Local Italian restaurant Vincenzo's (502-580-1350) is the exclusive caterer at one of Louisville's most coveted event spaces, the 25th floor of the ultramodern Humana Building. Commonly used by Louisville's glitterati, the space is sparse in decor, with marble columns and unobstructed views of the city and the Ohio River. It holds 250 for seated events. A four-course meal with caviar and all the fixings costs $100 per person, excluding alcohol, says Paula Fisher, vice president of operations for the restaurant. A less expensive route is a theater menu, which runs $29.95 per person for four courses.

Savannah, Ga.
This quaint, somewhat sleepy city of mossy oaks and Confederate-era mansions has become one of the South's most popular destinations for groups and tourists. Savannah still seems to be basking in the publicity six years after the debut of John Berendt's novel Midnight in the Garden of Good and Evil, which was set here.

The city's 21 picturesque squares are lined with historic homes, many of which have been renovated as guest houses. At the Gastonian (800-322-6603;, attendees will find rooms with French and English antiques, footed tubs, private gardens, fireplaces and king-size beds draped in canopies. The hotel originally was two separate mansions, built by two families that wanted to raise children together. Today, it has 17 guest rooms, including a suite commonly used by groups that takes up an entire floor of one mansion. Rack rates start at $225; the suite rents for $375.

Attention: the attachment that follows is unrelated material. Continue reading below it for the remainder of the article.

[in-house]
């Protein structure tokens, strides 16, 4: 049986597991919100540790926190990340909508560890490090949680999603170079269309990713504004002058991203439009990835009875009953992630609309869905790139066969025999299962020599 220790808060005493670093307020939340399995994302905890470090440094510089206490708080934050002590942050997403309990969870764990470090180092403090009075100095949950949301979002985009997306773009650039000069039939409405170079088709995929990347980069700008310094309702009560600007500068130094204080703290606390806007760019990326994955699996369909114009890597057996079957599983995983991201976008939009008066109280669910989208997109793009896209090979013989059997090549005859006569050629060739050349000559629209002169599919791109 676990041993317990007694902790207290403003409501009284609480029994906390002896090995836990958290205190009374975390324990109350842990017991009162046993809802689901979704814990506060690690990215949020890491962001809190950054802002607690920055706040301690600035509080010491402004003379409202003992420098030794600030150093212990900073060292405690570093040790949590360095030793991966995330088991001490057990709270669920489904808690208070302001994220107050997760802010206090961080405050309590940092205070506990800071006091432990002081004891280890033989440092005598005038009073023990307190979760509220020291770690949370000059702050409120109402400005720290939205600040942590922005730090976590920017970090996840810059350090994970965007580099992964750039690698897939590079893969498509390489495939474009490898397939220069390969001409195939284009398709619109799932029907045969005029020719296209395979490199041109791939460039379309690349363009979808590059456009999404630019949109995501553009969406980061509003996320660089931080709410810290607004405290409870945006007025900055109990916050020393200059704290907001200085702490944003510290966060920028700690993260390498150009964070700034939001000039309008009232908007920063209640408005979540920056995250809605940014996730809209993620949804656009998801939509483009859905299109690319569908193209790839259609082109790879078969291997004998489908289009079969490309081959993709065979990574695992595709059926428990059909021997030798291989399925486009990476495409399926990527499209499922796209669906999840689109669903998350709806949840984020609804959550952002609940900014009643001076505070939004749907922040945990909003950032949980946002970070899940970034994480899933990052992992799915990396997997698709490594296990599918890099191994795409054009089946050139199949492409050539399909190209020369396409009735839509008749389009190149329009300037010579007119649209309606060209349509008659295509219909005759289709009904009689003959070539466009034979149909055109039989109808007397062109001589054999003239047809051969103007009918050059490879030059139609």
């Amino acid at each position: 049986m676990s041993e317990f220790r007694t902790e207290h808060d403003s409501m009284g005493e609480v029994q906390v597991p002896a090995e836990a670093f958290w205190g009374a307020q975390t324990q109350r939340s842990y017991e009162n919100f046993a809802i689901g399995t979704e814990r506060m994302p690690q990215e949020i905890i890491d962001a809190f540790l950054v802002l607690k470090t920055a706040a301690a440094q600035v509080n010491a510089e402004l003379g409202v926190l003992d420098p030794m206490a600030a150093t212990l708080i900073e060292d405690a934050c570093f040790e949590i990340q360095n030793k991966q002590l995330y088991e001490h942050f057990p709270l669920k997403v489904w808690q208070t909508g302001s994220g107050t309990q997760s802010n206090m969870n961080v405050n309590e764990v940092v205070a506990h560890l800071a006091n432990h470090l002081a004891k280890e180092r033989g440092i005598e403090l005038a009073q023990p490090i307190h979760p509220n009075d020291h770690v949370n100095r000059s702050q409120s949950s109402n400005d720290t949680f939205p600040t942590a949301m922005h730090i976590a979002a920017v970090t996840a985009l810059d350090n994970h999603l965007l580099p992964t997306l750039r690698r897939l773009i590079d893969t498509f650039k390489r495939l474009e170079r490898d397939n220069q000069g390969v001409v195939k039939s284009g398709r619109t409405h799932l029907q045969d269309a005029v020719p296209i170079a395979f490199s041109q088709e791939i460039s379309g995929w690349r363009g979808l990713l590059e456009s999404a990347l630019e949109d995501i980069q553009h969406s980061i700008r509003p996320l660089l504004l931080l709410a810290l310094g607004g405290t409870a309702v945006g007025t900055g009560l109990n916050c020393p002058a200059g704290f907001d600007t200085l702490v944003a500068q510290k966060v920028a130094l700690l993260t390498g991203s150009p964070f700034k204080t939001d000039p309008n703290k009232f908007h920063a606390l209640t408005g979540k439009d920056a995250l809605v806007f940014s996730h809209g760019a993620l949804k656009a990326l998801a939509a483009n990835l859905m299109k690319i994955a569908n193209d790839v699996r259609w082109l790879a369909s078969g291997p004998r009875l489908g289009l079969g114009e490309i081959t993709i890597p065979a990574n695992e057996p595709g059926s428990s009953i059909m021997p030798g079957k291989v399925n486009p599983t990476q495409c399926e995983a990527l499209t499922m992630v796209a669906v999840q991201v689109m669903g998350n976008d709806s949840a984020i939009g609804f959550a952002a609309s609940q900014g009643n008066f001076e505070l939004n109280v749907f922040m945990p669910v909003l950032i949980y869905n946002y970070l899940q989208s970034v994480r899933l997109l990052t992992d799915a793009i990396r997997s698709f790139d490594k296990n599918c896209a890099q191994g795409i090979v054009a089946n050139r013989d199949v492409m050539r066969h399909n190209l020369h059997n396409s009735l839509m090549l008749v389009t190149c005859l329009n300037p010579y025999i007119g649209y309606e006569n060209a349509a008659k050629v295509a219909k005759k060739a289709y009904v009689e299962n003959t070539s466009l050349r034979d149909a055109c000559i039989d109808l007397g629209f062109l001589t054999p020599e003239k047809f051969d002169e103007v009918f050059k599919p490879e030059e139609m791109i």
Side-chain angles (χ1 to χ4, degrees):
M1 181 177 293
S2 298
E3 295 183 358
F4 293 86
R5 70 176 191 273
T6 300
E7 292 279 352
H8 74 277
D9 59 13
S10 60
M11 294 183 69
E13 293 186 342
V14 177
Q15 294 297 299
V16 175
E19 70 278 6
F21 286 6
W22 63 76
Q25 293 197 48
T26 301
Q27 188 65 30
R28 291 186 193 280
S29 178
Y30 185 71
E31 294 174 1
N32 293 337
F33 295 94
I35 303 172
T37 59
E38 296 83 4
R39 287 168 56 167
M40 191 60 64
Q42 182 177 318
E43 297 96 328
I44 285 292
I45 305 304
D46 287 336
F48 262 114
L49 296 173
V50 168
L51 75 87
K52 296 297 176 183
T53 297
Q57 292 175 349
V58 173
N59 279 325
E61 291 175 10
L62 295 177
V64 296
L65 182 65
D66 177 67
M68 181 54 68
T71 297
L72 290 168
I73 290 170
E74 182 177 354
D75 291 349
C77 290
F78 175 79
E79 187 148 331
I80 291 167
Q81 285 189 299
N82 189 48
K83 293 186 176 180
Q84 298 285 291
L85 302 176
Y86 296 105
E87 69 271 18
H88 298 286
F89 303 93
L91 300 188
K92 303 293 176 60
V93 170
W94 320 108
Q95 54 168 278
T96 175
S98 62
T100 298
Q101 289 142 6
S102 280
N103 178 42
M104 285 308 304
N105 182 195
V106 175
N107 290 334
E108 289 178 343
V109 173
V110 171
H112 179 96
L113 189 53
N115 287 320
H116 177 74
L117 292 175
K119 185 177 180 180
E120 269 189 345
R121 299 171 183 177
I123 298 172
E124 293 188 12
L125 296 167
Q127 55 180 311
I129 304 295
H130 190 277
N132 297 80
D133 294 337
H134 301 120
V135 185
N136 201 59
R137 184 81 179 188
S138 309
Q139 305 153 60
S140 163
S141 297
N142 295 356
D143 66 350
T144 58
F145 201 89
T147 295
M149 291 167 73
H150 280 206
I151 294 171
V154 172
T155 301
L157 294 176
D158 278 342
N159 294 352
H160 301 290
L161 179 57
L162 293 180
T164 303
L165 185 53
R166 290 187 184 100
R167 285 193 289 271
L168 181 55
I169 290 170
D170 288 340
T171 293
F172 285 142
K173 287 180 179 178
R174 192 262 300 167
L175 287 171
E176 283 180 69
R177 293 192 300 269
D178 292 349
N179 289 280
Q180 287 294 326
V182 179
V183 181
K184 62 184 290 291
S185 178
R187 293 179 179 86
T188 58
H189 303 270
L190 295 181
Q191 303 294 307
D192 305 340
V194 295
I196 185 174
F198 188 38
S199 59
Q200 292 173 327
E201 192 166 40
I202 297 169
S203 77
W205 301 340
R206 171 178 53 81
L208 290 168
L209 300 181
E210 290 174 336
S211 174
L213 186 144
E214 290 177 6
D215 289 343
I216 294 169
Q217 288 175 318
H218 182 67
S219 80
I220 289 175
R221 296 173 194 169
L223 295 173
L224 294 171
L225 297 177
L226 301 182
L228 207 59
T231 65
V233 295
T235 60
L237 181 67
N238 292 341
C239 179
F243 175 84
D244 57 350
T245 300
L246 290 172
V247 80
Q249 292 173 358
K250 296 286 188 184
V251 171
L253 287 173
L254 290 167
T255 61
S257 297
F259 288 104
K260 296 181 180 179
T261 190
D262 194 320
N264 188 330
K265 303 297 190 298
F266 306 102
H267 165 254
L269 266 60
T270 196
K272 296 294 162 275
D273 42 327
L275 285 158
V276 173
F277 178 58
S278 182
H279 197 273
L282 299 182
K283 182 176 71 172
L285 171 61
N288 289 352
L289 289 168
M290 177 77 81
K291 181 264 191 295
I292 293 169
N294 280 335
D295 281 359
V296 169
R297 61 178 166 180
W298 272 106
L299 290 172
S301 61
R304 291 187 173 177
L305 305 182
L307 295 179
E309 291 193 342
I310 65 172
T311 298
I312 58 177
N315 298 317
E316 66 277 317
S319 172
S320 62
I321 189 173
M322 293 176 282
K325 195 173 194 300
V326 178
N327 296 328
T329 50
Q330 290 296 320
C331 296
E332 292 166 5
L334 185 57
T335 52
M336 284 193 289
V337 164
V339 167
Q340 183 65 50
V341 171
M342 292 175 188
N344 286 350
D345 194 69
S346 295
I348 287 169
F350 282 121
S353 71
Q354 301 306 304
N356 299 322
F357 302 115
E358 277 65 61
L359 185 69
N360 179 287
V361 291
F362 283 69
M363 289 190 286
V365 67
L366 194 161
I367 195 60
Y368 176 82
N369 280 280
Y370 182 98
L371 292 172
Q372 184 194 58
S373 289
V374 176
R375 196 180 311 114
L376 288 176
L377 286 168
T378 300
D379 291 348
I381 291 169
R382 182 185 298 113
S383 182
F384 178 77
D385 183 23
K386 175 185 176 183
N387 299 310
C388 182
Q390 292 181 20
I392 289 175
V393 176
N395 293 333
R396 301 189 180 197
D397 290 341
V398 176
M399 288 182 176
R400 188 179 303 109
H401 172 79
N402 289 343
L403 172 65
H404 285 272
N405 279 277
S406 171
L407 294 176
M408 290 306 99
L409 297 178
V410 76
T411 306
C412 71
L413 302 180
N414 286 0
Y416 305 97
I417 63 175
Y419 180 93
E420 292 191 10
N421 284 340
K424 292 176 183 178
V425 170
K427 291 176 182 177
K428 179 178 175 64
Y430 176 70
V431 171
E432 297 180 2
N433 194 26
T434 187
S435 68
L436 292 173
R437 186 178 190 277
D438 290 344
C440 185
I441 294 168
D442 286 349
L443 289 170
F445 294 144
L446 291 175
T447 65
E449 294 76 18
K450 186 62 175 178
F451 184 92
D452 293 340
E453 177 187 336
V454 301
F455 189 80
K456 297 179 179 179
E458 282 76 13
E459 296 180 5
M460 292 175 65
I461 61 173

Historic homes also play a prevalent role in Savannah's attractions. House tours are common and can be combined with other events. Mary Ann Smith, president of Convention Consultants (912-234-4088), a local DMC, likes to escort groups into the Green-Meldrim House, a Gothic brick building that served as Union General Sherman's headquarters during the Civil War. Today, the home is the parish house for St. John's Episcopal Church, where attendees are invited to clap, sing and sway to the gospel songs of the Savannah Community Choir. The home can be rented directly or through Convention Consultants. It accommodates groups of 150 for receptions or 14 for a seated dinner in the dining room. Rentals cost about $600 for a three-hour affair.

In Search Of...

Looking for white-glove service in an unfamiliar place? Here's how to find it.

  • Read major city newspapers, weekly entertainment papers and their Web sites to get a sense of a city's cultural happenings.
  • Research boutique hotel chains, or consult groups such as Historic Hotels of America (800-678-8946) for ideas on where to stay.
  • Visit tourist-information and restaurant Web sites, such as and
  • Call local chapters of meetings industry associations and talk to peers about their favorite haunts.
  • Ask the convention and visitors bureau about historical or architectural foundations that might have special event venues under their care.
  • During a site inspection, canvass the city for recommendations. Ask hotel concierges, local planners, destination management companies and CVB contacts. When specific restaurants come up repeatedly, try them out yourself. - C.B.

  • Back to Current Issue index
    M&C Home Page
    Current Issue | Events Calendar | Newsline | Incentive News | Meetings Market Report
    Editorial Libraries | CVB Links | Reader Survey | Hot Dates | Contact M&C